At the Askwith Education Forum at the Graduate School of Education (GSE) Friday (Dec. 6), Al Gore introduced himself as the former next president of the United States and closed with a cautious endorsement of the electoral college system that kept him from that post in 2000.
In between, however, he kept politics to a minimum as he shared the podium with his wife, Tipper, a family advocate and photographer, to discuss the changing role of the American family, the subject of two new books by the couple.
“Joined at the Heart: The Transformation of the American Family” is a heavily researched history of the evolution of the American family punctuated with stories from the Gore household as well as from a dozen families they studied, and “The Spirit of Family” illustrates with photos the range of what “family” means today.
Talking politics, recommending policy, or sharing their own family stories, the Gores were relaxed, funny, and personable. The audience of 800 – 500 of whom watched a simulcast from an overflow room across the street at Gutman Library – greeted them with warm enthusiasm.
“The nature of family has changed dramatically over the last 40 years,” said Al Gore, citing familiar but nonetheless alarming statistics. In the past four decades, he said, the divorce rate has gone from one in four marriages to one in two; the numbers of single-family households, “blended” families, and unmarried couples living together have all increased dramatically. One-third of all children are raised in single-parent households, and 60 percent of all mothers with children under 6 years old work full time outside the home.
“If you look at those raw statistics, you might come to the conclusion that the American family is falling apart,” he said. Rather, he said, families are responding to external pressures. A century or even 50 years ago, families were a central economic unit, producing many of their own goods and providing their own services.
Now, families look to the marketplace for everything from food and clothing to academic, moral, and spiritual instruction. “They’ve been outsourced,” he quipped.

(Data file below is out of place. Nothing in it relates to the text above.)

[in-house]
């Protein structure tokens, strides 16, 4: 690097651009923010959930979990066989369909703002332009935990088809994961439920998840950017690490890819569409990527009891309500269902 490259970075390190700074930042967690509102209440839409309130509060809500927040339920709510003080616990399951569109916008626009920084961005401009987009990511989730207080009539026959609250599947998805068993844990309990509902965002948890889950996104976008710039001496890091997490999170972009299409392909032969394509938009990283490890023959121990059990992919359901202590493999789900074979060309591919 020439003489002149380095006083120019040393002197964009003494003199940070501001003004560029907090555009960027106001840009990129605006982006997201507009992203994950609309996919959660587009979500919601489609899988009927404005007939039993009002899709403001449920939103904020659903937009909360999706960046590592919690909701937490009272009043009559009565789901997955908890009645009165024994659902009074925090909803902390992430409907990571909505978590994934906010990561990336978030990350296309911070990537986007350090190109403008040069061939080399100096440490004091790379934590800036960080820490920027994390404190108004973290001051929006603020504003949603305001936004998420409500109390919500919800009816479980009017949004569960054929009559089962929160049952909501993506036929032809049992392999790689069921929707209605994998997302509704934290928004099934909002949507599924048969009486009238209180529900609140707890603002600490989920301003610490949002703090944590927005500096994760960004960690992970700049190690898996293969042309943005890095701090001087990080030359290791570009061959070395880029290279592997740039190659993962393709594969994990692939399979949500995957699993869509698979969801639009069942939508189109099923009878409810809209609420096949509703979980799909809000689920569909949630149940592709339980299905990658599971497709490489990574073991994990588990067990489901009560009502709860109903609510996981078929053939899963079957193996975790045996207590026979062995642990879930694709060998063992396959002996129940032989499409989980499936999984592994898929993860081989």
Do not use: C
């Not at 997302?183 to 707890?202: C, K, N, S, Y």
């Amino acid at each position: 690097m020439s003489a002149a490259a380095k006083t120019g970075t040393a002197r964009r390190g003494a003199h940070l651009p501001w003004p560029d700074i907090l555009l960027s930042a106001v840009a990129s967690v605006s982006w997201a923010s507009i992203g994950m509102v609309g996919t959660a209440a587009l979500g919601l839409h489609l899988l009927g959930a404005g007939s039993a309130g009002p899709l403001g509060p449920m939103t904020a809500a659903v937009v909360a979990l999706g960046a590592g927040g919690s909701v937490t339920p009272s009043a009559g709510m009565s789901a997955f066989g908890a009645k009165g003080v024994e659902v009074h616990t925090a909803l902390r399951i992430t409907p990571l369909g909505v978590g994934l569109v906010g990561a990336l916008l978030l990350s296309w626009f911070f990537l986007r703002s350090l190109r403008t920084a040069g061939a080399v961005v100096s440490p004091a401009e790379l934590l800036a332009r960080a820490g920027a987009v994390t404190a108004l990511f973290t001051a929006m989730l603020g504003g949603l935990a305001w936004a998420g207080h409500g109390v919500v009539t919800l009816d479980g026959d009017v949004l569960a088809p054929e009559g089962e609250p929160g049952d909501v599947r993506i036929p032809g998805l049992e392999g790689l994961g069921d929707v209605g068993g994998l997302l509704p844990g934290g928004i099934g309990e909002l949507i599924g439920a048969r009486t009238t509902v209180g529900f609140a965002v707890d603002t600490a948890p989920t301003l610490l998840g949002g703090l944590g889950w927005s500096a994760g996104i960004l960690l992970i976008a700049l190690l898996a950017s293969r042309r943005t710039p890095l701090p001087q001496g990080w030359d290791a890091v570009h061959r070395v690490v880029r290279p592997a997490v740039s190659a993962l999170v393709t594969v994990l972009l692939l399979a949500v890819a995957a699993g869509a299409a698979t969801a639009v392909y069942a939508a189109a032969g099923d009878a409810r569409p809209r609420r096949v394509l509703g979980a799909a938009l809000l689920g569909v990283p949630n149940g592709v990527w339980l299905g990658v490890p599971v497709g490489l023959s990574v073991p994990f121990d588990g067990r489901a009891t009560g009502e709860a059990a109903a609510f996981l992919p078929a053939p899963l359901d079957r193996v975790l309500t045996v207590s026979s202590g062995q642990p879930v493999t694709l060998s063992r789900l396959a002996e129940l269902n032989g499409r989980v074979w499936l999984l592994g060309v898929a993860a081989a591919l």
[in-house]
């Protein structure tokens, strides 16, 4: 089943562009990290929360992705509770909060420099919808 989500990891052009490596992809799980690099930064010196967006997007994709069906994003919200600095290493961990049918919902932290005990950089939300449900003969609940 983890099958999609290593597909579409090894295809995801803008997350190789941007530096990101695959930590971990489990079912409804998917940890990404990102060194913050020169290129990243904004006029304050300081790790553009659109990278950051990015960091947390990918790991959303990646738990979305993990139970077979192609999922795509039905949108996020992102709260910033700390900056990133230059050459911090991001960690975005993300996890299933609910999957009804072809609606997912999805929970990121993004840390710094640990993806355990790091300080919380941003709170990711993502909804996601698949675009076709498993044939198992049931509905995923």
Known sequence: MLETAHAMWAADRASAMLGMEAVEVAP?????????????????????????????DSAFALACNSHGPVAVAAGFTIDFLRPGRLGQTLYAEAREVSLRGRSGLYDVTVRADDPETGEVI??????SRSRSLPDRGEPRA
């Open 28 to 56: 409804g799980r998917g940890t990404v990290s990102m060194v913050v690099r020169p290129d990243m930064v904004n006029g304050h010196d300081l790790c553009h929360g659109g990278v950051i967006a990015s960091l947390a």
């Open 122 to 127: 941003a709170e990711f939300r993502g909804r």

Emotional intimacy remains the only connection for many families. “If we go from multiple points of connection or adhesion to only one point of connection, emotional intimacy, that puts a lot of pressure on that emotional relationship,” he said.
While “Joined at the Heart” is not primarily a policy book, Gore nonetheless hinted at connections between the changing pressures on American families and public policy solutions. Rising personal debt and increasing workloads – the average American now works three weeks longer than the average Japanese – are squeezing families’ time together. Echoing research done by Graduate School of Education faculty, Gore strongly advocated for the nation to provide high-quality child care.
“We’ve been blinking away this enormous problem … related to low-quality or mediocre child care,” he said.
From Ozzie and Harriet to Ozzy Osbourne
Embracing Cambridge-style “family values,” the Gores stressed that families are redefining themselves beyond Mom, Dad, 2.3 kids and a white picket fence.
“We are somewhere between Ozzy Osbourne and Ozzie and Harriet,” said Tipper Gore, introducing the photographs in “The Spirit of Family.”
Photographs “can evoke changing attitudes even more powerfully than words can,” she added. The photos, by well-known photographers such as Annie Liebowitz and Mary Ellen Mark as well as by unpublished family photographers, illustrate the cycle of life and the range of personalities who define themselves as “family.”
Still, Tipper Gore’s favorite photo, called “Where Jack Got His Red Hair,” celebrates a traditional family, albeit with a wink. In it, a copper-topped infant swims with his naked father, who is holding him at waist-level.
The Gores, married for 32 years with four children, revealed some of their own family stories, joking and teasing each other. Recalling the relative ease with which they worked together to produce these books, Al Gore said that he had moved beyond the traditional three stages of a relationship, romantic infatuation, power struggles, and mutual acceptance.
“I’m actually in the fourth stage, which is abject surrender,” he said.
They began to think seriously about the nature of family when their youngest son was badly injured 13 years ago, they said. For the past 11 years, they have convened an annual two-day forum exploring public policy and family issues called Family Re-Union.
The Gores fielded presubmitted audience questions that further probed their work on families and tapped Al Gore’s perspective on the environment, the 2000 election, and the future of the Democratic Party.
“The Democratic Party has to be bold and true and has to be the loyal opposition in fact and not just in name,” he said. “Where there are differences, do not flinch from the necessity of … defending those differences regardless of what the public opinion polls say.”
While the audience was supportive of the Gores, some noted that the book’s claims were hardly groundbreaking to the students, educators, and researchers at the GSE.
“We’ve been working with nontraditional families for years,” said Susan Hoganes, who is pursuing the M.Ed. in human development and psychology. “But on another level, his book is going to influence more people in the United States than any of us here will.”